Josh Hall likes Prometheus; I'm not so sure.
A few days ago, I posted a comment on changes happening at Foresight, including Josh Hall becoming president. I questioned whether Foresight would continue to take a rosy view of nanotechnology. A partial answer has arrived in the form of a Nanodot post from Josh.
Josh asserts that, in forecasting the effects of a technology, it is easy to see the downsides and hard to see the upsides. Fire, for example, is known to be dangerous in that it can burn people; even Homo habilis knew that. But Homo habilis could not conceive of the positive side: the Apollo moon landings, and the global transportation network powered by combustion. A caveman might have rejected fire on the basis of known dangers, without being able to make a well-informed choice.
I think this is a one-sided view. One of the biggest concerns of the present time is anthropogenic global warming. Guess what put all the carbon dioxide into the atmosphere? Our control of fire. It remains to be seen whether the progress of economics (coal burning and unsustainable agriculture) will push the global climate past a disastrous tipping point before the progress of technology can pull it back. But if our hypothetical cave dwellers understood that one possible consequence of fire was that most of the planet would turn into desert for 100,000 years, as James Lovelock expects... perhaps they would make a rational choice to reject it.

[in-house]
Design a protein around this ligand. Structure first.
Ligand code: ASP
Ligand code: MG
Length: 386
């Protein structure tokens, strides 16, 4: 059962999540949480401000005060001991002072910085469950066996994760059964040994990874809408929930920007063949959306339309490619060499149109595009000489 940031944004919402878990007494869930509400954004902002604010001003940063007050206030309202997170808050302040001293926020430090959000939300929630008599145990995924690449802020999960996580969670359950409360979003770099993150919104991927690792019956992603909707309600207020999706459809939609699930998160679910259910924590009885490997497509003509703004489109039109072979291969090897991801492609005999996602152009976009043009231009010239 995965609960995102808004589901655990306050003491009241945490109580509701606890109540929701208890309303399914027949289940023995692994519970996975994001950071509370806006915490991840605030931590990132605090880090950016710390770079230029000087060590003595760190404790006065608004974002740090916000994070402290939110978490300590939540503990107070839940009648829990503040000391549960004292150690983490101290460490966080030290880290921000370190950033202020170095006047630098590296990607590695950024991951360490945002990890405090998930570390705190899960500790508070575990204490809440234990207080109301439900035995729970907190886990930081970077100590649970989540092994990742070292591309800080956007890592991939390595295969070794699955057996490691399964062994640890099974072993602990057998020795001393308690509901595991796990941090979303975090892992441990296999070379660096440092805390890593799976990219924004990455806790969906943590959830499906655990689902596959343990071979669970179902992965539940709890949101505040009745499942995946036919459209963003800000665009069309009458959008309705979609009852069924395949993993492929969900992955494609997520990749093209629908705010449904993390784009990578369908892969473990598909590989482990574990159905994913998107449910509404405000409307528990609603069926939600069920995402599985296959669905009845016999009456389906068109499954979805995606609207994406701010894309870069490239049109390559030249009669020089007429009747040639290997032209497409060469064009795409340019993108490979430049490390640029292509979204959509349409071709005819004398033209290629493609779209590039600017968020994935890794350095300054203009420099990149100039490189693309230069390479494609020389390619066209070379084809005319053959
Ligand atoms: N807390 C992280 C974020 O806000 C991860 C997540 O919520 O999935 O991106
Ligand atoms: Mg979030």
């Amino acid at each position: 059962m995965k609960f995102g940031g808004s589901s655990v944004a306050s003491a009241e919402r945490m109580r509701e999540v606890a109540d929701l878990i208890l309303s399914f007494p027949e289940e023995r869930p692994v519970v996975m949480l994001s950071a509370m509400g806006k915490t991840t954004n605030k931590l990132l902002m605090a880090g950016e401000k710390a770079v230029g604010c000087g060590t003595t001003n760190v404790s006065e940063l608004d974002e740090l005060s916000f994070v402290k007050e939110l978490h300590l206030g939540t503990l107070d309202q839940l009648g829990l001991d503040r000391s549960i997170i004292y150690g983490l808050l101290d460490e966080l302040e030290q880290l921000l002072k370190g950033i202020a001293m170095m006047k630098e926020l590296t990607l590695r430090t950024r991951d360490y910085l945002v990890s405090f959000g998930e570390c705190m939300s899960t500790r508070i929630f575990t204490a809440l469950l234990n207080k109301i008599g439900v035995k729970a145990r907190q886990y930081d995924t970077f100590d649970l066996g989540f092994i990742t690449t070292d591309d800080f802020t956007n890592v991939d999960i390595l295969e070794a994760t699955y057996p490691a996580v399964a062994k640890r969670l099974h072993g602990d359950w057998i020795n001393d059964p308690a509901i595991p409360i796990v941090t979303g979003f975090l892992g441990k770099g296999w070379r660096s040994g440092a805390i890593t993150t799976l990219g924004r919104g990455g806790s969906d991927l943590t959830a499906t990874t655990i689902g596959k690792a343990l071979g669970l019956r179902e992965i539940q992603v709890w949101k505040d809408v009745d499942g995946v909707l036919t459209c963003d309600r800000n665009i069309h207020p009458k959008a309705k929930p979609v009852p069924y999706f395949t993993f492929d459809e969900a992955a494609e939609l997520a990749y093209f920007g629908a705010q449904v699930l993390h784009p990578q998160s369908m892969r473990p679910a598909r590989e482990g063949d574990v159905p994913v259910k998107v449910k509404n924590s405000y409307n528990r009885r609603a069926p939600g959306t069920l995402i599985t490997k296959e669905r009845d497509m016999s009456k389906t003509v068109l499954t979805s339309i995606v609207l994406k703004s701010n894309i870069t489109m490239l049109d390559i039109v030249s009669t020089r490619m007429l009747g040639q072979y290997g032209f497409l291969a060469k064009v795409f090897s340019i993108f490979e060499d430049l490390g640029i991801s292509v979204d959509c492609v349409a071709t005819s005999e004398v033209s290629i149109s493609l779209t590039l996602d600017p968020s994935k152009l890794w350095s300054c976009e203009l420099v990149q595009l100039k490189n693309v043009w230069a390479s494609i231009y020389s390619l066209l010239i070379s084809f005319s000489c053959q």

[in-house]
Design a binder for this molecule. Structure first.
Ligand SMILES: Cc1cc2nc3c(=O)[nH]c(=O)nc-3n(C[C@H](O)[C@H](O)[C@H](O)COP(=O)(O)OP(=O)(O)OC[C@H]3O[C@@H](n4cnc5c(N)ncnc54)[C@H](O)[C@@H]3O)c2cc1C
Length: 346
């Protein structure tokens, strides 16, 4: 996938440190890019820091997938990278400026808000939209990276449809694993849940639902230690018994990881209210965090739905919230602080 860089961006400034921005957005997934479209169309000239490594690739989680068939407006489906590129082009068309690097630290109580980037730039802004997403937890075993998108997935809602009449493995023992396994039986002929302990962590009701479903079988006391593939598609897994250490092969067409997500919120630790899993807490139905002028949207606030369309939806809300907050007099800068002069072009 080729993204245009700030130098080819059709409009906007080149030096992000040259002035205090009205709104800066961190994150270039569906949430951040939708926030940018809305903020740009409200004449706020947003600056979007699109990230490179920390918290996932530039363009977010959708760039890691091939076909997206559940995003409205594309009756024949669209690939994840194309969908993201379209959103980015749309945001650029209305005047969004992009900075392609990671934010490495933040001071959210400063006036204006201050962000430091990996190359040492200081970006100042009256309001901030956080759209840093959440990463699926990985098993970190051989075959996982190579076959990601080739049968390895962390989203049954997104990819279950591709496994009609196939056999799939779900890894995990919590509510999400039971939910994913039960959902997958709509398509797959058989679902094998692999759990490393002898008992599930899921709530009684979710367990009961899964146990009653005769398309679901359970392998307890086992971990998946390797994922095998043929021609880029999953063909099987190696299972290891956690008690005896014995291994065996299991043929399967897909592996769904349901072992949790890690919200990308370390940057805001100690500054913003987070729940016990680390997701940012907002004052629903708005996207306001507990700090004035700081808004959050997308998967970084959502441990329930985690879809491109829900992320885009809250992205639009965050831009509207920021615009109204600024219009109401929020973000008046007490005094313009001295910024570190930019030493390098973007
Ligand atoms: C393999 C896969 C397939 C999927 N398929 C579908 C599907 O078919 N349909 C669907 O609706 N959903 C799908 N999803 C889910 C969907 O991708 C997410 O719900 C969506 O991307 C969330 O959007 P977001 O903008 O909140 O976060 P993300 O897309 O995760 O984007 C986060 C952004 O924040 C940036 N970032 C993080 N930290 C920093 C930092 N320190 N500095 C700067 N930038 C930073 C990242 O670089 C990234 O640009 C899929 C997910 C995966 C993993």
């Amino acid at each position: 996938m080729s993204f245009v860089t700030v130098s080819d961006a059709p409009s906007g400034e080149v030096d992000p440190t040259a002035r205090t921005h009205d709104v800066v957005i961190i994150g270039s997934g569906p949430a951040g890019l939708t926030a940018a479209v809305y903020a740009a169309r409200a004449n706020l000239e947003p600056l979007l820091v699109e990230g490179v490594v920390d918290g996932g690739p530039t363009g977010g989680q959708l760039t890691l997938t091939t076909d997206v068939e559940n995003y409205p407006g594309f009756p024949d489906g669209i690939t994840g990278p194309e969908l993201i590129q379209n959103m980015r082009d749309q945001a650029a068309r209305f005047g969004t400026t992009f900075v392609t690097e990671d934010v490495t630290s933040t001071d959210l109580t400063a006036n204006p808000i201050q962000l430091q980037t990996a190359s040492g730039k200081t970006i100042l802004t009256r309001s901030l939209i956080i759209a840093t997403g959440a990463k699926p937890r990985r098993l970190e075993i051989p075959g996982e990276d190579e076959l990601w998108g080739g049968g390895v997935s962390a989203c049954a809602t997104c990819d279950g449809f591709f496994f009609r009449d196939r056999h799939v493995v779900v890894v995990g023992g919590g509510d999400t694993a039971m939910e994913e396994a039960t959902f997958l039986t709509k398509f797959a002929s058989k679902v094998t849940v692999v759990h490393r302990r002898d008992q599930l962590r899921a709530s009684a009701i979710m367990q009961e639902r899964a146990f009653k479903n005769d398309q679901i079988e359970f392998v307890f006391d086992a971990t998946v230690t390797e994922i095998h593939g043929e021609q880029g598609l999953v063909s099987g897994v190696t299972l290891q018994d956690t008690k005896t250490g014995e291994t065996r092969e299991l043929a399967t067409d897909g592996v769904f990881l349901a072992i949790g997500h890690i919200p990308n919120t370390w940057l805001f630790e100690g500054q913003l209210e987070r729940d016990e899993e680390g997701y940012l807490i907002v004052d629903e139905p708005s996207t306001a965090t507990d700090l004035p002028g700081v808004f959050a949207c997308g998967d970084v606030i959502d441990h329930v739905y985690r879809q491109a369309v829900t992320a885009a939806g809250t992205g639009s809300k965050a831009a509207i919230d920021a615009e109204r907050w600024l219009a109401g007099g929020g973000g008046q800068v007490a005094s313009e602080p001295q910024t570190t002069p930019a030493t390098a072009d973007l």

My point is that it's not only the positive consequences of a technology that are hard to forecast and hard to understand. Even technologies as well-established, beneficial, and canonical as fire can have consequences that we are still struggling to deal with or even comprehend. And some of the potential consequences are disastrous almost beyond imagining.
Of course, nothing is all good or all bad. In the next few decades, molecular manufacturing will probably (depending on how it is deployed) give humans the ability to undertake planet-scale engineering. This will make it relatively feasible to moderate the planet's climate and chemistry. It will also make it quite easy to destroy the planet's climate - and I'm not talking about gray goo, but about deliberate applications of high-throughput high-performance manufacturing.
To us today, writing and reading these words on a computer in a comfortable climate-controlled environment, it seems inconceivable that we might want to reject the gift of fire. To our descendents fifty generations from now, whether they are scratching out a living in the few remaining habitable square miles near the Arctic Circle (Lovelock's prediction), or struggling to cope with the nano-built flying land mines that have already killed 99% of the population, the answer may not be so obvious.
I am not arguing for stopping technology. I don't think we can, and I don't think we should try. But let's not pretend that technology is going to make things better. It will give us new problems and opportunities, even as it solves some old problems. The best we can do is to try to guide technology in directions that are less destructive than they might be, and keep looking for new options to solve problems that (to paraphrase Einstein) can't be solved by the systems that created them.